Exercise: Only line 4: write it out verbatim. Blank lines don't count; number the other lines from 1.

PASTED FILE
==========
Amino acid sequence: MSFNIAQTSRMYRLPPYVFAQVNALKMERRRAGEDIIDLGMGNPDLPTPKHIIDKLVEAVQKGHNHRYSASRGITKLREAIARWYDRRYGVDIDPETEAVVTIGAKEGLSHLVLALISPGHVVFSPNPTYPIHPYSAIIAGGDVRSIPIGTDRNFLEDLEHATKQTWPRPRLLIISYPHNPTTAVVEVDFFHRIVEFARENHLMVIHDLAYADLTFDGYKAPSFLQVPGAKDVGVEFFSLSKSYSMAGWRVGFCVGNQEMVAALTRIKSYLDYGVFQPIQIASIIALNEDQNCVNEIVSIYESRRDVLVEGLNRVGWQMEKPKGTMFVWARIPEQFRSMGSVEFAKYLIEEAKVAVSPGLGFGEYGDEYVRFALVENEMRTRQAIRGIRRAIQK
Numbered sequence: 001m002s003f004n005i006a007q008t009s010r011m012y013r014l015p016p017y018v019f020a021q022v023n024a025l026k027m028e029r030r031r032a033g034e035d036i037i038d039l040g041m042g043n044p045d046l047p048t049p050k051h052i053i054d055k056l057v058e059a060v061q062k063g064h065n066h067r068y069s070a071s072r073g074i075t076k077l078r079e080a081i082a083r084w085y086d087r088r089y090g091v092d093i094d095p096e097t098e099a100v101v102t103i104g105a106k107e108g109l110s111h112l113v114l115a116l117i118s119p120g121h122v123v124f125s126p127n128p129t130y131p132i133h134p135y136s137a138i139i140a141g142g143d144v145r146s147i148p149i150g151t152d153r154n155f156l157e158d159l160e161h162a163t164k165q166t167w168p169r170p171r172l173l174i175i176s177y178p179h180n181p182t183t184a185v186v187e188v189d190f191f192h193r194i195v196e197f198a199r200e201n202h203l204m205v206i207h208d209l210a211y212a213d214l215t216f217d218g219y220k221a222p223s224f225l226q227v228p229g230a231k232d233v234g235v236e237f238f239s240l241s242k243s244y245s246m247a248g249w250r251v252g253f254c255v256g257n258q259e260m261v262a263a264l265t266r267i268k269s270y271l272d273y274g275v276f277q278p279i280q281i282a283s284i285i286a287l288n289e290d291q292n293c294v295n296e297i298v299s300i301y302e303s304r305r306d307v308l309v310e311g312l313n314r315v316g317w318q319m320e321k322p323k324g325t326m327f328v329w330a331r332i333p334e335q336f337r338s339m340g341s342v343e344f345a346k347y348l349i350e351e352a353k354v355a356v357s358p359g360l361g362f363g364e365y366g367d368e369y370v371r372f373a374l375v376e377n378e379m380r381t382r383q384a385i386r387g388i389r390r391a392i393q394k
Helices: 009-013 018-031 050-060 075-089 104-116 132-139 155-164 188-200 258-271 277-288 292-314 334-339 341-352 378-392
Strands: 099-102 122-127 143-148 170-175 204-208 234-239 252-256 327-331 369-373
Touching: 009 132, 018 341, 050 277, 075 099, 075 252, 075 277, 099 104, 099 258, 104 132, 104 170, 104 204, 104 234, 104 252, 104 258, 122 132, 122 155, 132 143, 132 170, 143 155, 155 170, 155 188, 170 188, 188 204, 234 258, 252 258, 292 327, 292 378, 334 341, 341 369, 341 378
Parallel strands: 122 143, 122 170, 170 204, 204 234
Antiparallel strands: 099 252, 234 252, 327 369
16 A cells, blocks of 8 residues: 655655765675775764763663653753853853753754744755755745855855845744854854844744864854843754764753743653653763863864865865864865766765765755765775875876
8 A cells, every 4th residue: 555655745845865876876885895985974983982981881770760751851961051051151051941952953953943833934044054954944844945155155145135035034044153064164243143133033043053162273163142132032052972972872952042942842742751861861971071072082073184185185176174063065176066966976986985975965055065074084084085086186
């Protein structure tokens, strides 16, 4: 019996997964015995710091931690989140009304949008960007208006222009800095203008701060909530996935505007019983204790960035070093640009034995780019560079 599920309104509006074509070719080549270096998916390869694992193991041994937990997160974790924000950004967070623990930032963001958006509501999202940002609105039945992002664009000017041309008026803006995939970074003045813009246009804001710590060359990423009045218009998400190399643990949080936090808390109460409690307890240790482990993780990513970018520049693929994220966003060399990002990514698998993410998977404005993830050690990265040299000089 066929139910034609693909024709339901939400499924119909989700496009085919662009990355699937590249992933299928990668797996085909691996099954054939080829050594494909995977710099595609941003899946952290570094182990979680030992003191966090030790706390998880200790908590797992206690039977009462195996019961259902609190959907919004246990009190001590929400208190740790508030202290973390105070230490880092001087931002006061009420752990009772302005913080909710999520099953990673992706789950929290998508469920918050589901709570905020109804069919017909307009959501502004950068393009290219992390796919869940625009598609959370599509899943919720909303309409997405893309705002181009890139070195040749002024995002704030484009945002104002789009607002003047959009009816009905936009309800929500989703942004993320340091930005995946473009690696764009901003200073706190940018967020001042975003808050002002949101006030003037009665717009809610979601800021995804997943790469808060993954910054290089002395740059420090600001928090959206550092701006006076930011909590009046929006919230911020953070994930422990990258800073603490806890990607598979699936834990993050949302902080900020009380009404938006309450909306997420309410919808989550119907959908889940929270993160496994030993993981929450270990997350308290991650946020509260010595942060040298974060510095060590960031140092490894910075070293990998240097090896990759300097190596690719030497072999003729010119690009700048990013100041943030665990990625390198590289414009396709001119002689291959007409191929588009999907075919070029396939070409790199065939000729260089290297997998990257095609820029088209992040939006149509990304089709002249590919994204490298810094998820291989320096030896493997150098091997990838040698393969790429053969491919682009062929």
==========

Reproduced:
Strands: 099-102 122-127 143-148 170-175 204-208 234-239 252-256 327-331 369-373